Daniel Goldstein, M.D.
Senior Science Fellow
Lead, Medical Sciences and Outreach
Like people everywhere, Monsanto employees understand concerns about product safety. Whether it’s toys we buy for our kids, appliances we buy for our homes, or anything else, we expect reliable information about product safety. Unfortunately, misinformation sometimes clouds decision making and can even cause unwarranted confusion and concern.
Enter the latest report from Charles Benbrook and his co-authors, where – again – they significantly misrepresent the safety of glyphosate-based herbicides. Benbrook and his colleagues use fear-mongering to paint an inaccurate story about an agricultural tool with a 40-year history of safe and effective use. The result will no doubt be another wave of unnecessary and unfortunate concern among consumers.
That’s no surprise, considering the affiliations of Benbrook and many of the authors of the paper. Benbrook is a pro-organic consultant with a history of using funds from the organic industry to undermine conventional agriculture. Co-author Michael Hansen is employed by the anti-GM Consumers Union. Michael Antoniou and Robin Mesnage have published with Gilles-Eric Seralini, whose study on GM crops and glyphosate has been retracted. And Bruce Blumberg is on the board of the Factor GMO study that seeks to vindicate Seralini’s retracted findings.
The reality is that glyphosate’s history of safe use is supported by one of the most extensive worldwide human health, crop residue and environmental databases ever compiled on a pesticide product. In evaluations spanning four decades, the overwhelming conclusion of experts worldwide has been that glyphosate, when used according to label directions, does not present an unreasonable risk of adverse effects to humans, wildlife or the environment.
Benbrook and his fellow authors skip over these facts and instead highlight the IARC panel’s Category 2 classification of glyphosate as the crux of their argument. It’s important to note that IARC also classified red meat in the same category (this context is missing from Benbrook’s argument). Furthermore, regulatory agencies have reviewed all the key studies examined by IARC – and many more – and arrived at the overwhelming consensus that glyphosate does not cause cancer.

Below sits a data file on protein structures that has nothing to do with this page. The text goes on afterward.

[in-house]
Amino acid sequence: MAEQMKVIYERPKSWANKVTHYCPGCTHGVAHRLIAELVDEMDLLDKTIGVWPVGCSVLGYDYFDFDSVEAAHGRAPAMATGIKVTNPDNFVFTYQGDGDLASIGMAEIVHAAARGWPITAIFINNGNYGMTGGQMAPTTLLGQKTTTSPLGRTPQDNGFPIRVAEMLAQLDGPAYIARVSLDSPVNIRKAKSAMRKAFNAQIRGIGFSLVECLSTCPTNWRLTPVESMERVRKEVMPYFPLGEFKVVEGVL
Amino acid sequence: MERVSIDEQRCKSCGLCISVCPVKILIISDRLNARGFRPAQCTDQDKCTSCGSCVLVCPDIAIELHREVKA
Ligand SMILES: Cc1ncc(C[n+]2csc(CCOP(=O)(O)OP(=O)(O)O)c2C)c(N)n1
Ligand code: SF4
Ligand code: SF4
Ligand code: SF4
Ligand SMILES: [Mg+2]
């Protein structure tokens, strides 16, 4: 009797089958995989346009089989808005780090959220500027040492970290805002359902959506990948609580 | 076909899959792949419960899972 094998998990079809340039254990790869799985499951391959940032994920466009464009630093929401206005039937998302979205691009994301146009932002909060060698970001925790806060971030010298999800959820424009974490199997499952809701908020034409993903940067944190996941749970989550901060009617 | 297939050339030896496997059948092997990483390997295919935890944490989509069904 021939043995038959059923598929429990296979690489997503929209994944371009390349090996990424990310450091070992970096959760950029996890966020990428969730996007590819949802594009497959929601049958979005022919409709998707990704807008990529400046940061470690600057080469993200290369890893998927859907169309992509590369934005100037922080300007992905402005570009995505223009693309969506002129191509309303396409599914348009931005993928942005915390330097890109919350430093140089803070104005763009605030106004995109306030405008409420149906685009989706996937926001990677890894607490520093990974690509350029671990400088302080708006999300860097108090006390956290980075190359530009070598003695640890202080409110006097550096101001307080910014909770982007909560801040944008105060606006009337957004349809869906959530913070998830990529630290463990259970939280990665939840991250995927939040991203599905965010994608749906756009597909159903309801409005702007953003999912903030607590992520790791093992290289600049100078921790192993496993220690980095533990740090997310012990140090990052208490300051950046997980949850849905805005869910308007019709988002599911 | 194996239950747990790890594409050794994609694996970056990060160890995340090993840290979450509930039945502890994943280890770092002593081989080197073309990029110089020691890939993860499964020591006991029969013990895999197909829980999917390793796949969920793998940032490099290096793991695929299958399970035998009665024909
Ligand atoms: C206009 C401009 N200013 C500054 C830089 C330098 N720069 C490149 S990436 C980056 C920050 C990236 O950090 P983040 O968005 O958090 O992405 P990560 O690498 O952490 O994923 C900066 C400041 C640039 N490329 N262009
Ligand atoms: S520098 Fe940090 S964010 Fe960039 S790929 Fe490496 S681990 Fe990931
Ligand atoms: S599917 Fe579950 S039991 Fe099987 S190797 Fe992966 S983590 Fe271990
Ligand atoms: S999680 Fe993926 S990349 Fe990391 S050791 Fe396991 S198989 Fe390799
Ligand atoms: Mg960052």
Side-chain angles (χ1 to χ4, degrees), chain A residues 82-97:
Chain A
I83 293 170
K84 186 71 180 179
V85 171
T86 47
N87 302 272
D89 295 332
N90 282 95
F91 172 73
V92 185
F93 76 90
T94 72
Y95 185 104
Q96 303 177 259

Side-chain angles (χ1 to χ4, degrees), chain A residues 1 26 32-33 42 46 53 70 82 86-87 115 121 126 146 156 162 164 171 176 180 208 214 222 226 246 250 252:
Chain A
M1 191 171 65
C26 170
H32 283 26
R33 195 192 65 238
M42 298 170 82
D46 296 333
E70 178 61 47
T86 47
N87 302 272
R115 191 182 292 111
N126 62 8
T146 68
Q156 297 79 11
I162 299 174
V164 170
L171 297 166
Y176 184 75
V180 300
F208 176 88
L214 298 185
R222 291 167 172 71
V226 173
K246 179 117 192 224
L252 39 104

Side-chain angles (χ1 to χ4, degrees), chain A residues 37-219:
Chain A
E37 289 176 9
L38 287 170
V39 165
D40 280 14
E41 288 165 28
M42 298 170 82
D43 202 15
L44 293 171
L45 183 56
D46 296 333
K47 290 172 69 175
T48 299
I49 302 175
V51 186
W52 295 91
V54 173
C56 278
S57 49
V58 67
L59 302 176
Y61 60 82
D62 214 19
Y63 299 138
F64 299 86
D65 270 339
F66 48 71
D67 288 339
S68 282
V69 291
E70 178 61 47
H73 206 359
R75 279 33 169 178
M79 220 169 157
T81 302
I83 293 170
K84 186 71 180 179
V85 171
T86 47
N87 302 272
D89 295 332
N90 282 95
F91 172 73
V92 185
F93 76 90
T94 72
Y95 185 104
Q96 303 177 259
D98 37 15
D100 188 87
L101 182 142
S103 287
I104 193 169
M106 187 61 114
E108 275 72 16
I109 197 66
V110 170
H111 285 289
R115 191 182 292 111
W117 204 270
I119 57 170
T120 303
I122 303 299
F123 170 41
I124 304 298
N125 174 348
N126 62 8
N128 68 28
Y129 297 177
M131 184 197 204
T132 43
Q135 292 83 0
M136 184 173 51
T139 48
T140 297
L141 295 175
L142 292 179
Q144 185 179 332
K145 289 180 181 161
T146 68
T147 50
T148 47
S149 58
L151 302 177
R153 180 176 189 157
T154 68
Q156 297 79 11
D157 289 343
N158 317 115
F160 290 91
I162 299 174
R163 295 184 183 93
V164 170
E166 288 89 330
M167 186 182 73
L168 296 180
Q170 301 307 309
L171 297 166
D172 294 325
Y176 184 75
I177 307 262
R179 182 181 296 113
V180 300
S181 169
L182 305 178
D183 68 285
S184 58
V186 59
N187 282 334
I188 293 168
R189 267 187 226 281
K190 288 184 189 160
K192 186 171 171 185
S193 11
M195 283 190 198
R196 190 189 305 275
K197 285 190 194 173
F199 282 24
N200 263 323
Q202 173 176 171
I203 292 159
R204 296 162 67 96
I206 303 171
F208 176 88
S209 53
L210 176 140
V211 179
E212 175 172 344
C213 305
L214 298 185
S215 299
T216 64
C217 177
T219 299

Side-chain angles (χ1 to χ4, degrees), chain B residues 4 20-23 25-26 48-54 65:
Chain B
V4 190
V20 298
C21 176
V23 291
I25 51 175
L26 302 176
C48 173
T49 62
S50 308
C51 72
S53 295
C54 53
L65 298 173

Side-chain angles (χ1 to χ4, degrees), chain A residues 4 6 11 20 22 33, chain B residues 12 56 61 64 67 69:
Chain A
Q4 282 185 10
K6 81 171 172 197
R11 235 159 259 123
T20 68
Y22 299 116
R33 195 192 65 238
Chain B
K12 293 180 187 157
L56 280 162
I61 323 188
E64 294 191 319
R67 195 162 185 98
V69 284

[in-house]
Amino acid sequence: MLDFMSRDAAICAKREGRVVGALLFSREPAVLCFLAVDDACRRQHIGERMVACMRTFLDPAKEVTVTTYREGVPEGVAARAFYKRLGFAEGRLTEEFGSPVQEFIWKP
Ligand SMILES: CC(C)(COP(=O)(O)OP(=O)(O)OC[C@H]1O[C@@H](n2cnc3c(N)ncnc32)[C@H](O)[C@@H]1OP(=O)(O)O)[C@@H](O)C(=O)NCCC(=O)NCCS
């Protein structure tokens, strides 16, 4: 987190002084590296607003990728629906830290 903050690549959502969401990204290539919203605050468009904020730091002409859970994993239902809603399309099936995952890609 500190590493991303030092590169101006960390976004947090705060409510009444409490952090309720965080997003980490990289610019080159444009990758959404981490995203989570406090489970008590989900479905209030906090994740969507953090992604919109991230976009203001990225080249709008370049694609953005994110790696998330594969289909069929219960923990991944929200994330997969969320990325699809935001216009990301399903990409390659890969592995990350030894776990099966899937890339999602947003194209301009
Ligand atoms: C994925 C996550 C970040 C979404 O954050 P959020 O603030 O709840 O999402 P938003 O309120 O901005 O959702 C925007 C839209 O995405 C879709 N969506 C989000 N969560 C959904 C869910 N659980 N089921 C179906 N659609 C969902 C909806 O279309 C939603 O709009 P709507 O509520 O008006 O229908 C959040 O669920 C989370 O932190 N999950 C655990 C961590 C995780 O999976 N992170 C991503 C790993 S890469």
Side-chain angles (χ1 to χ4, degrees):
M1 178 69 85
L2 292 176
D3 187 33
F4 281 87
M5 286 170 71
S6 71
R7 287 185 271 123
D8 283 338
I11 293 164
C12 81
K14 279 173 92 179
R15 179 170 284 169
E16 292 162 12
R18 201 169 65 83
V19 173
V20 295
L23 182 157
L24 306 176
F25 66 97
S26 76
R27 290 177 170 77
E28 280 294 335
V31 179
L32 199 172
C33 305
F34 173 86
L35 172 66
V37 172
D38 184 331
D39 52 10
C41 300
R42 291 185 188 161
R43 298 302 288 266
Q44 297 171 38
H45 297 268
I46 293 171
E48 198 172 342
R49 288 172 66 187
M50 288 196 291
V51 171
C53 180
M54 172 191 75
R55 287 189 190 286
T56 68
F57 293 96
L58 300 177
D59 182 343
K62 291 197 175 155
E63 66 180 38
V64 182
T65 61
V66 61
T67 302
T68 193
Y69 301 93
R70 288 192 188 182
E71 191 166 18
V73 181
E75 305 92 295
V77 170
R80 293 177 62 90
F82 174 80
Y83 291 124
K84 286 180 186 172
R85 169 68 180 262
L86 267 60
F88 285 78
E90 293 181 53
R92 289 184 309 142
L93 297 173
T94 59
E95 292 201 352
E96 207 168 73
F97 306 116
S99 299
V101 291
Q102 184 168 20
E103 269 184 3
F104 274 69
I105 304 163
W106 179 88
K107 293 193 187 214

Most recently, the European Food Safety Authority (EFSA) announced its conclusions that “glyphosate is unlikely to pose a carcinogenic hazard to humans and the evidence does not support classification with regard to its carcinogenic potential.” Also in 2015, the Canadian Pest Management Regulatory Agency concluded that “the overall weight of evidence indicates that glyphosate is unlikely to pose a human cancer risk.”
To be clear: No regulatory agency in the world considers glyphosate to be a carcinogen.
A key part of these rigorous and comprehensive evaluations by regulatory authorities is to set limits to ensure glyphosate and other pesticide levels in our food present no unacceptable level of risk. In the U.S., the EPA sets very conservative acceptable daily intake (ADI) levels at 100 times below levels shown not to have any adverse effect in animal studies.
Using highly conservative estimates, the EPA has determined glyphosate residue levels to be well below the ADI levels. Specifically, in May 2013, the EPA found that all glyphosate exposures through food crops and water sources were no more than 13 percent of the ADI based on a highly conservative assumption that all crops are treated with glyphosate and carry maximum allowable levels.
Lastly, regarding Benbrook’s erroneous claim about endocrine disruption, it is important to understand that it has been long established by experts around the world that glyphosate is not an endocrine disruptor. This fact was confirmed by the EPA just last year.
When you consider all the facts about glyphosate safety and the rigorous regulatory processes currently in place, the additional testing suggested by Benbrook would be a completely unjustifiable drain on government resources.
As a father and a pediatrician, nothing is more important to me than the safety of our products. Furthermore, as a scientist, I feel it is my duty to help correct misinformation and advance scholarly dialogue. Indeed, Benbrook’s latest paper does little to foster genuine science-based dialogue and instead is meant to cause unnecessary confusion and fear.
I invite you to check out the below resources for more information: